The same year the Cork Seniors got a good result when winning the League title from Kerry at Pairc Ui Chaoimh but nothing went right for them in the Championship and they suffered three further defeats at the hands of their neighbours from 1980 to 1982. Counihan made his first appearance against Waterford at corner back in Dungarvin in 1981 but was back on the substitutes bench for the Munster final when Kerry went on the rampage to win, 1-11to 0-3. He played Junior briefly in 1983 and again in 1984 when Cork won the All-Ireland against Warwickshire in Coventry. Anthony Davis, Michael McCarthy, Danny Culloty and Teddie McCarthy were other members of that year’s squad, and it is to their great credit that the above mentioned plus Counihan survived to play major roles in the re-shaping of the Senior football side.

Away from the inter-county scene many voices were heard down Imokilly way when Conor Counihan captained them to win the 1984 County title in sensational fashion. The general view before the game was that the Barrs would win with something to spare but with Counihan having a proverbial blinder in the number six jersey and club colleague Billy Aherne scoring seven scintillating points, Imokilly gratefully accepted their first trophy, two years later they repeated the dose against the same club when a couple of late goals gave them a 2-4 to 0-9 victory.

Conor’s first championship match as captain of his county occurred at Thurles in 1985 when Cork slaughtered Tipperary on a 4-19 to 1-10 scoreline. The Munster final was again played with all the determination and enthusiasm of a typical Cork/Kerry clash but at the finish two goals 2-11 to 0-11, separated the sides. Over the hour Counihan faced all the problems with cleverness and purpose and held Denis ’Ogie’ Morgan scoreless. That day he also became only the second player from East Cork to Captain the Leesiders in a Munster football final – the first was Paddy O’Driscoll in 1958 and ironically the Kingdom were again victorious.

Meanwhile Conor was winning numerous medals in both codes with his club Aghada and a proud moment came when they subsequently lifted the county junior football title for the first time in 1989 by beating Knocknagree after a replay. Since then they have been successful at Intermediate level (1991) and only two weeks ago shocked Carberry in the first round of the senior championship.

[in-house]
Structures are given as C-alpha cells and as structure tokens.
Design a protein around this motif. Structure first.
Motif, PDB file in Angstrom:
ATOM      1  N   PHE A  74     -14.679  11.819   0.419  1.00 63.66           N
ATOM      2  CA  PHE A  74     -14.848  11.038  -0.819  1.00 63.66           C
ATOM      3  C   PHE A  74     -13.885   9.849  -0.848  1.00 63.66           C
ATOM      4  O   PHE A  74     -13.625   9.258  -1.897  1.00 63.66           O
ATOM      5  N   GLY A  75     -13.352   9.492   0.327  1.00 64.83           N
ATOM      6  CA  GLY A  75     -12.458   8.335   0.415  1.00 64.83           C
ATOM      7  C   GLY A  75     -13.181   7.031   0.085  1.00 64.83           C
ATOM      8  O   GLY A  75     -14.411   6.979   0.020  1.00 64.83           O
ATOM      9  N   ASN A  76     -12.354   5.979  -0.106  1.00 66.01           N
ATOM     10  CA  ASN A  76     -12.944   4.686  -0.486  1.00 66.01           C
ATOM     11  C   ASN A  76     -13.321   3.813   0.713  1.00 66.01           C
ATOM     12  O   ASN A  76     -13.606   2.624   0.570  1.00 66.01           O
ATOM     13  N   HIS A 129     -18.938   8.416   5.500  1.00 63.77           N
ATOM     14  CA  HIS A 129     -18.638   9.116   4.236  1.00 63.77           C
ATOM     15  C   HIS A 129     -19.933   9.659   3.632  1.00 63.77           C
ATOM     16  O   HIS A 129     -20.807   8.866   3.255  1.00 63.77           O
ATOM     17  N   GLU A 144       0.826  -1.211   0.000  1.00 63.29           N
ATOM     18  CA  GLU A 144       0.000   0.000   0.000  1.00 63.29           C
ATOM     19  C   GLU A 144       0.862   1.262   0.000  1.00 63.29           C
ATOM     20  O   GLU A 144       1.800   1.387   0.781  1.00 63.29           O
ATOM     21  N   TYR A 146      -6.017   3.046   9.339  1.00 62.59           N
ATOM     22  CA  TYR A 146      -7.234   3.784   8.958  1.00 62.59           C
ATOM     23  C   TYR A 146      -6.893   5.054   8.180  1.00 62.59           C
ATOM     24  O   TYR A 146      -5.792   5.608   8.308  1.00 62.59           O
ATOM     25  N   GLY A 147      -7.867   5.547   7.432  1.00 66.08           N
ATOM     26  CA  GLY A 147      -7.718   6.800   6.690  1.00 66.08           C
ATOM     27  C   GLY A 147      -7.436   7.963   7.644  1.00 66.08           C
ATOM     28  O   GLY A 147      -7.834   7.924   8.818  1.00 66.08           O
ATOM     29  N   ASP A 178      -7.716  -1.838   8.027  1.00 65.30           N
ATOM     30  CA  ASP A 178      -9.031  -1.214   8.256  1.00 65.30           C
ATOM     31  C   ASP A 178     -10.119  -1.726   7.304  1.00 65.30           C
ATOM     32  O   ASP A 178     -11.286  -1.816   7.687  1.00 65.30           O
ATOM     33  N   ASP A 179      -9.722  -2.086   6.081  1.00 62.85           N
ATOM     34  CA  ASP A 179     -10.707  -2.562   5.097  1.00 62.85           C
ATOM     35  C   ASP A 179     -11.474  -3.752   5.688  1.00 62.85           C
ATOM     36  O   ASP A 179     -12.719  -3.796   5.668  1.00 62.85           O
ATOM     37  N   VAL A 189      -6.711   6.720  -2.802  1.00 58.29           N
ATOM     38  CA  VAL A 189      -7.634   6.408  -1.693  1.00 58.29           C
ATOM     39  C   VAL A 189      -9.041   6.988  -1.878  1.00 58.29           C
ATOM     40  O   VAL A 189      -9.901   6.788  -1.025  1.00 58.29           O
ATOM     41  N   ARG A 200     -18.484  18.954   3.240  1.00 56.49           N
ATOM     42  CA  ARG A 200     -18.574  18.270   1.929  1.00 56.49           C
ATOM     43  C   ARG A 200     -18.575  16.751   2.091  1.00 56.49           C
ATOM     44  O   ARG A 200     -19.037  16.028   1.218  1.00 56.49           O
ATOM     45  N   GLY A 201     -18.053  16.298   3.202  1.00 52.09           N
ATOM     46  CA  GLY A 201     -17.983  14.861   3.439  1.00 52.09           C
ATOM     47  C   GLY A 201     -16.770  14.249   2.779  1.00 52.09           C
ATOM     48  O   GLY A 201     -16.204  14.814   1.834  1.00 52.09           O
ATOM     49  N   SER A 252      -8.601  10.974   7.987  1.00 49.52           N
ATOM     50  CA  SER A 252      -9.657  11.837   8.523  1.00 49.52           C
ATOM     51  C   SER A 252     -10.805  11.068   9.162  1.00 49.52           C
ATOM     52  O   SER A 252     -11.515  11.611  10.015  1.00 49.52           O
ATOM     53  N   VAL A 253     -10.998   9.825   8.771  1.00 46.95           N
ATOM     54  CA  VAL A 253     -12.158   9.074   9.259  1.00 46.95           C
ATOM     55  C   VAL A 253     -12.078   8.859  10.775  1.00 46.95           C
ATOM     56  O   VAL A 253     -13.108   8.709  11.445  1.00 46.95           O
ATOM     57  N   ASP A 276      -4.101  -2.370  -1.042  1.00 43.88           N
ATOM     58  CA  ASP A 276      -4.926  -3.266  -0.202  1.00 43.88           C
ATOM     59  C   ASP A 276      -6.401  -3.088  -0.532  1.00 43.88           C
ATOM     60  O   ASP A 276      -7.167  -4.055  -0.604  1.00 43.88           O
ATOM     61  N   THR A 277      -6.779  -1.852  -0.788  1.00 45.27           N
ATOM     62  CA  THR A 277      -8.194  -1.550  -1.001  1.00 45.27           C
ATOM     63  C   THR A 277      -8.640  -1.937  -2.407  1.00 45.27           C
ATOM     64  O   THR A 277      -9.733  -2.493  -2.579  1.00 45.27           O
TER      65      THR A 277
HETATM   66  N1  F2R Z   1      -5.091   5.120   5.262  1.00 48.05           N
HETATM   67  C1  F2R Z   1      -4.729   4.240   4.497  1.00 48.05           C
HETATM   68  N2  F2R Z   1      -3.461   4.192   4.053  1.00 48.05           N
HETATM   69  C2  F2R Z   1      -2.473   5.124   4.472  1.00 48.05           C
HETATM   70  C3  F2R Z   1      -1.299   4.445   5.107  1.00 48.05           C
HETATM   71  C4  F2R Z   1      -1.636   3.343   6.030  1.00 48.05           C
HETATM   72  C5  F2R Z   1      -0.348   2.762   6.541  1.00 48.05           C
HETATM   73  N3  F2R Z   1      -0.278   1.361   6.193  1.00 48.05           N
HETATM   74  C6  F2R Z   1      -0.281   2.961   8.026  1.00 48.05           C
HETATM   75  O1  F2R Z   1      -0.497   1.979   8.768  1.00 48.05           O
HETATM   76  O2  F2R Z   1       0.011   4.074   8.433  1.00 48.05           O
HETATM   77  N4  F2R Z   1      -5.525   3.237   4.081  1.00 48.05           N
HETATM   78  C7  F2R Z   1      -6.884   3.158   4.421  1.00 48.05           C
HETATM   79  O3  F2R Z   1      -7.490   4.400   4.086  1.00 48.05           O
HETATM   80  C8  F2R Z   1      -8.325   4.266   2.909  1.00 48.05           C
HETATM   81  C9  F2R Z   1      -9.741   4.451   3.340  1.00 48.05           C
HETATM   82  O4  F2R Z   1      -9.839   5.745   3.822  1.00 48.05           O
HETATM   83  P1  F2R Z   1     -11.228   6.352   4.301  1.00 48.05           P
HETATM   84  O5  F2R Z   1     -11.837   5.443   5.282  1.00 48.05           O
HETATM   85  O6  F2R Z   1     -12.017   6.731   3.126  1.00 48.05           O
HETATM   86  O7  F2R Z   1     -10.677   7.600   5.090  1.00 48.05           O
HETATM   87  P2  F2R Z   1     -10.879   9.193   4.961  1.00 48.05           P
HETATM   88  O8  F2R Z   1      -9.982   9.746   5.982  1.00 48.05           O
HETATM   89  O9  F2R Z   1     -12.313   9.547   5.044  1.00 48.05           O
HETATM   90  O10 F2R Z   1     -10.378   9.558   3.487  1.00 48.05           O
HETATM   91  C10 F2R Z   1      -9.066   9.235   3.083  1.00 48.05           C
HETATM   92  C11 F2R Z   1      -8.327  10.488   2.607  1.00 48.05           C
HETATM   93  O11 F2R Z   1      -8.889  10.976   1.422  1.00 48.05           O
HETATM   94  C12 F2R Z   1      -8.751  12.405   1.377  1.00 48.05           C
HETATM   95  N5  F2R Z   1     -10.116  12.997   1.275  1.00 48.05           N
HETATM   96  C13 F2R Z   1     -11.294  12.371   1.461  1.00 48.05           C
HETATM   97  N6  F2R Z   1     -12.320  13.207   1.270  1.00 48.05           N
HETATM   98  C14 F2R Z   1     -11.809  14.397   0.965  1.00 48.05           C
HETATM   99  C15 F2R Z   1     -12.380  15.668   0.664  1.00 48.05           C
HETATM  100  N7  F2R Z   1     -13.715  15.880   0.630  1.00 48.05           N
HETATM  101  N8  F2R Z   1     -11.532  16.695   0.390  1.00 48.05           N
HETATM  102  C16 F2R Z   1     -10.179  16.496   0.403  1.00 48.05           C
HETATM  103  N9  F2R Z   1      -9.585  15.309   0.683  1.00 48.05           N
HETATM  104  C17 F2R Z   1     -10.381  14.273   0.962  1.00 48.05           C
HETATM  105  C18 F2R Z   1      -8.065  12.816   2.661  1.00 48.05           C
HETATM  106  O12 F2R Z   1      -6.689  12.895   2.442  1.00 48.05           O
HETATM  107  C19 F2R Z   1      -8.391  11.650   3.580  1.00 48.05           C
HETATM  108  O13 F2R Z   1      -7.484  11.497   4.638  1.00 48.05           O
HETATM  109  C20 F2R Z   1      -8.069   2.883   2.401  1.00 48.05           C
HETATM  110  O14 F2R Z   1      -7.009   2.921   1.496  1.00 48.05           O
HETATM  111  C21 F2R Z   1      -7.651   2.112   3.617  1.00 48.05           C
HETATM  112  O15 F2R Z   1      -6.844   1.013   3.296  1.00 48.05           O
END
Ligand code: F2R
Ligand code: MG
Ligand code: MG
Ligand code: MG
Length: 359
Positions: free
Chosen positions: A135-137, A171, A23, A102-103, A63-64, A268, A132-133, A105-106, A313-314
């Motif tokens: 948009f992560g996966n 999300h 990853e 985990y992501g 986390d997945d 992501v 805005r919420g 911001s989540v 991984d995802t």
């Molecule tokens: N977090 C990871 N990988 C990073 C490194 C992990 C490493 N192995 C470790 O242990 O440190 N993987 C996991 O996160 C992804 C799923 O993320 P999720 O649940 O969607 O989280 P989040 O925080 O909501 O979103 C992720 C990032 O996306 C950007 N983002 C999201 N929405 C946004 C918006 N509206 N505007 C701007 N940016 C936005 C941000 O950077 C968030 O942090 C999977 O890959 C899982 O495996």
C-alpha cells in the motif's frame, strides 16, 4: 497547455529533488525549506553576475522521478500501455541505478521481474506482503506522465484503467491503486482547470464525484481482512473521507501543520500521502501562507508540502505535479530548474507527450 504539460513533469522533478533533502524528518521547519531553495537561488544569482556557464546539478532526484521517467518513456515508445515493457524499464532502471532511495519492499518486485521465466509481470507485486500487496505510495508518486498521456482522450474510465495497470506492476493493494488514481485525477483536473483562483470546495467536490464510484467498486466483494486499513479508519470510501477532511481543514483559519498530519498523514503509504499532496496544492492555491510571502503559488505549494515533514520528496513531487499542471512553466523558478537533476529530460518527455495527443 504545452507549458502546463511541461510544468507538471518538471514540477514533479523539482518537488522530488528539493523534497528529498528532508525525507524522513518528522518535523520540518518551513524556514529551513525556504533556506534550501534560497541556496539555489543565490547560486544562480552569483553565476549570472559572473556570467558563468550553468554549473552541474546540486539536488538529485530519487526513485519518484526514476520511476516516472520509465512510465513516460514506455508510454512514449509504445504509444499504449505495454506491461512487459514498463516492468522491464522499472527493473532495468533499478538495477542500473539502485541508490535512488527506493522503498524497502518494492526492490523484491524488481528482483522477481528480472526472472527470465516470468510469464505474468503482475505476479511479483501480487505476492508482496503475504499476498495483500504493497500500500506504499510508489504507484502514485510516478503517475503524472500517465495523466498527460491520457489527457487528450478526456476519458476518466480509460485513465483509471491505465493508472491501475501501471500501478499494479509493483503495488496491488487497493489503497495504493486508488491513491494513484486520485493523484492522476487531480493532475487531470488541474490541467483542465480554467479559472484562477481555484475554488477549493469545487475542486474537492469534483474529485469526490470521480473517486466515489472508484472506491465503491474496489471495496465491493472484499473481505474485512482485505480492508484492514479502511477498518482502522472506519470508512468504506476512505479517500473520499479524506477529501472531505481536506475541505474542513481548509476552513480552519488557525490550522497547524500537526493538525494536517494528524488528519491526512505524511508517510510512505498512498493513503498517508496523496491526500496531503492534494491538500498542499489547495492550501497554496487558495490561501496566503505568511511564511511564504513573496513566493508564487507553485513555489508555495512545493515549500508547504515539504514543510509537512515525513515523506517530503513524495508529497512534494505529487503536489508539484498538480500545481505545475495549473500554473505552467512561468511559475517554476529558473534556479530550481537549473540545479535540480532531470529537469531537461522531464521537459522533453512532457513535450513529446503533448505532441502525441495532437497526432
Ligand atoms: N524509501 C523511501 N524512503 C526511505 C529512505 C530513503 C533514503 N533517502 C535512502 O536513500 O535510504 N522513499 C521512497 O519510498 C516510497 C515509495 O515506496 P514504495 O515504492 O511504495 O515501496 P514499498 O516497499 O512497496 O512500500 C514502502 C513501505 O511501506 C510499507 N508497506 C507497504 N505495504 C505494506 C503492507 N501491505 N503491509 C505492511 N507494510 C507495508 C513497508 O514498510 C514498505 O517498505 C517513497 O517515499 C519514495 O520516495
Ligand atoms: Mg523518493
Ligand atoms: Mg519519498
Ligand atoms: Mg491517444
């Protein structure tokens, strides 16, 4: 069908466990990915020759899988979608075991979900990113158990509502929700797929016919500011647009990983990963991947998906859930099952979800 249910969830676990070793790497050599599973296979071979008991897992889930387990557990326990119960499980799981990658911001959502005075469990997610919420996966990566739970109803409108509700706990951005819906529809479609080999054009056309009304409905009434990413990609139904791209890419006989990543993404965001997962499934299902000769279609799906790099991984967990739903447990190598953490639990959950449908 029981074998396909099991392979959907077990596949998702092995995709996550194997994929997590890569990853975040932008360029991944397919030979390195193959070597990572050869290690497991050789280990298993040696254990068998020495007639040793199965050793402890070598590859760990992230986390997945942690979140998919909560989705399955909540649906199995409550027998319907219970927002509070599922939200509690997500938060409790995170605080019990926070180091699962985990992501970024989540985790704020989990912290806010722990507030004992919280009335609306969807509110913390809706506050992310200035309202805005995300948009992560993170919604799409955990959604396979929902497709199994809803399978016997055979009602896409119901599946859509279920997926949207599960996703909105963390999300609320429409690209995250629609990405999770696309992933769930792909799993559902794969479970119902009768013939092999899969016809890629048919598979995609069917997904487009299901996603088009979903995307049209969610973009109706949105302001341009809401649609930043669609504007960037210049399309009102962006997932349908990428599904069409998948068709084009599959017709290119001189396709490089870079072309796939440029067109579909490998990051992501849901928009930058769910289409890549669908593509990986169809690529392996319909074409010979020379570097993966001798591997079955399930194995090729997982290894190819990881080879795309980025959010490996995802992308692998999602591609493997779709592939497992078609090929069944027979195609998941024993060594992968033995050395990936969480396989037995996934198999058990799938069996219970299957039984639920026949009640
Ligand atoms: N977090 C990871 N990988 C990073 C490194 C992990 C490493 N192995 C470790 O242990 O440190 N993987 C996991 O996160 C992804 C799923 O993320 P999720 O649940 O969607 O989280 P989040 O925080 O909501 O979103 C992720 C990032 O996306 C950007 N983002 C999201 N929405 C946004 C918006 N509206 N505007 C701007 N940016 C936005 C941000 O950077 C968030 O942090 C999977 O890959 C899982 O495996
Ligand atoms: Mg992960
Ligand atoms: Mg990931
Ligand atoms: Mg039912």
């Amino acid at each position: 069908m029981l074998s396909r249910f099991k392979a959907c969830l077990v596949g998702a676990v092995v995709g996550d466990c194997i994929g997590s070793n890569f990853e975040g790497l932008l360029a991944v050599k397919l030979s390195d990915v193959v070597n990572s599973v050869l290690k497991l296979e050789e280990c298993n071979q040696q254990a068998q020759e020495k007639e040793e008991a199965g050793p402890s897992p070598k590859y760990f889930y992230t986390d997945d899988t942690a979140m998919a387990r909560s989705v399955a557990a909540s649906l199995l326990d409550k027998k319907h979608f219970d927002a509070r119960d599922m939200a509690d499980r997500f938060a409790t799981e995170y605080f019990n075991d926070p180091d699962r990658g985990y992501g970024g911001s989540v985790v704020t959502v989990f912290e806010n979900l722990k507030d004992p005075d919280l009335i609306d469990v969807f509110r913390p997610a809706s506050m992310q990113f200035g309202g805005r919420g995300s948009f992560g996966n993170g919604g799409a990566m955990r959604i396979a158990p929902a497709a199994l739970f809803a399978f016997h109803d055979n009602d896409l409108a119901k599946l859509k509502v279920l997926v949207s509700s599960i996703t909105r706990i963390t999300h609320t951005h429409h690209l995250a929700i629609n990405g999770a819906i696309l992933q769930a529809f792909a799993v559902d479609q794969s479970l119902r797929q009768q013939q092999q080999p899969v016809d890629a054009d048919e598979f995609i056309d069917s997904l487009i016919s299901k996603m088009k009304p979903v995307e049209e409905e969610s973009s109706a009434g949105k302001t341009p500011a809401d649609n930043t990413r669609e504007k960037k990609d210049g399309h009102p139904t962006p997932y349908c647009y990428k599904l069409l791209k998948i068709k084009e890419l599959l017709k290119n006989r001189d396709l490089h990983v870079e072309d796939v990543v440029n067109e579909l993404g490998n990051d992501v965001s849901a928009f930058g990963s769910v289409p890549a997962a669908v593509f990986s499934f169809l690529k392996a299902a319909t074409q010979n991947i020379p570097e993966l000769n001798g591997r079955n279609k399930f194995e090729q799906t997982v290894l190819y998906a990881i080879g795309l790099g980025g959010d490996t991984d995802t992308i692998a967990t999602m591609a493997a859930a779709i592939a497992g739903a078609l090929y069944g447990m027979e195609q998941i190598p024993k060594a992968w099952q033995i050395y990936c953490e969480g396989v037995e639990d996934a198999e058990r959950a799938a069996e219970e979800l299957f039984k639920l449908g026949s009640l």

The years between the great breakthrough under his leadership in 1987 and ultimate success against Meath in 1990 were full of hard work and physical training. In many ways he holds the proud record of having only two points scored against him during the five All Ireland Finals, including the 1988 replay which Meath won, 0-13 to 0-12. In the drawn game Cork folk will forever argue that the Kerry referee Tommy Sugrue should not have awarded the Royal County a close in free in the dying moments of the tie but quite simply the game was lost much earlier when panic and frustration set in among the forwards. Of course, he’ll always dwell on the 1989 All Ireland final when he won his first senor medal against Mayo, and a remarkable double celebration it was because Cork had taken the League title earlier that year, first beating Dublin (0-15 to 0-12), and then New York over two legs in Gaelic Park. Conor lives for the thunder and excitement of the sportsfield and can be seen week after week urging on various Aghada under age teams. To date he’s had a lifetime of addiction and loves a challenge even in wind, rain or snow. As one club colleague puts it. “he’s the helluva player to have around the place because all the kids look to him as someone special”.

With time sprinting away he wants another All Ireland medal to make up for the disappointment of losing out on the three-in-a-row last year. Sunday could bring him a place closer to that ultimate goal when the Reds entertain Kerry in the Munster semi final. The intimidating sight of Conor will be there along with most of his old colleagues and given the circumstances his contribution will again be of immense significance in deciding the outcome. Also a distinguished hurler, Conor lined out with the Cork juniors in 1989 and a major part in helping Aghada reach last year’s county junior final where they lost to Aghabullogue in a reply. He was a football “All Star” in 1989 and has captained Munster in the Railway Cup as well as playing for them continuously since 1987. After all that drop down to Pairc Ui Chaoimh on Sunday and see for yourself.


Taken from Hogan Stand – 22-05-92

Written by Tom Morrison